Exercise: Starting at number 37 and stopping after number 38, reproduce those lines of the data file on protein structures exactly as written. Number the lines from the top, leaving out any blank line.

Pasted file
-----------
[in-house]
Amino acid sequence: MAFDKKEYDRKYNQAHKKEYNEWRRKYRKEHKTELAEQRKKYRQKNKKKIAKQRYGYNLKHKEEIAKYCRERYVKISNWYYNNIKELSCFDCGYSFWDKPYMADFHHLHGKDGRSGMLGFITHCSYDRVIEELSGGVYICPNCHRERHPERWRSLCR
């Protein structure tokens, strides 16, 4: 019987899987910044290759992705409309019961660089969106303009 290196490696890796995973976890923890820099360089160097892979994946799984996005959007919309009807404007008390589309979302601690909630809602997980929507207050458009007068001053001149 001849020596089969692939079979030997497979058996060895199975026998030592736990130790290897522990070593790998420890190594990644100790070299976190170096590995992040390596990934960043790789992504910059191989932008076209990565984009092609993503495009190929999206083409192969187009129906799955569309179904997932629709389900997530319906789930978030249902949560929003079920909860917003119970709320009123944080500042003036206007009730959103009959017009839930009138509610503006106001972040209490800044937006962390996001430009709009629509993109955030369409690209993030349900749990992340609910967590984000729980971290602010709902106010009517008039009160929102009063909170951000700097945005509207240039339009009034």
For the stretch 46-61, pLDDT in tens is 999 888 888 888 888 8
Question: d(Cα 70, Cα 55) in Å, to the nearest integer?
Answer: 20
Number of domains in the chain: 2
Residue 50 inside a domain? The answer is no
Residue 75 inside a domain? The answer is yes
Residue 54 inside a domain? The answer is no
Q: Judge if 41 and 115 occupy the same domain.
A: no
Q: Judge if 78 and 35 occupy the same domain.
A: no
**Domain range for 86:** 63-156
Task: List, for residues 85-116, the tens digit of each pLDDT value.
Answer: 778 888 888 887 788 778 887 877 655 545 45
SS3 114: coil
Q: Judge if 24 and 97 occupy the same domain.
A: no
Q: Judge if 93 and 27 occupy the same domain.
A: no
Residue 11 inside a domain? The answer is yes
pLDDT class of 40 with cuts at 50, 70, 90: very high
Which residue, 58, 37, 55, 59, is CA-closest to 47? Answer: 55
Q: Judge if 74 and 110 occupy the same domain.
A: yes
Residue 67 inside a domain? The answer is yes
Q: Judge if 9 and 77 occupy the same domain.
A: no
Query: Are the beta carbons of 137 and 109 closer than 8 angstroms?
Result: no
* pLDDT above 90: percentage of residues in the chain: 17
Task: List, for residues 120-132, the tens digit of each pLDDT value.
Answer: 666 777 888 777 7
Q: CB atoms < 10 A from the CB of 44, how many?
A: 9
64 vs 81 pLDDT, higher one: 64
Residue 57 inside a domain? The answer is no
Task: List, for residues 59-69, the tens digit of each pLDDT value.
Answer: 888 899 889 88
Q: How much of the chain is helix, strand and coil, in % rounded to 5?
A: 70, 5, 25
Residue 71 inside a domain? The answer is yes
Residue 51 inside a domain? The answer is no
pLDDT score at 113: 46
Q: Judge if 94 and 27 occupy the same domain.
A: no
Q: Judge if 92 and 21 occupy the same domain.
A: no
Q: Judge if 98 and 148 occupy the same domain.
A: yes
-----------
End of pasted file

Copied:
A: 9
64 vs 81 pLDDT, higher one: 64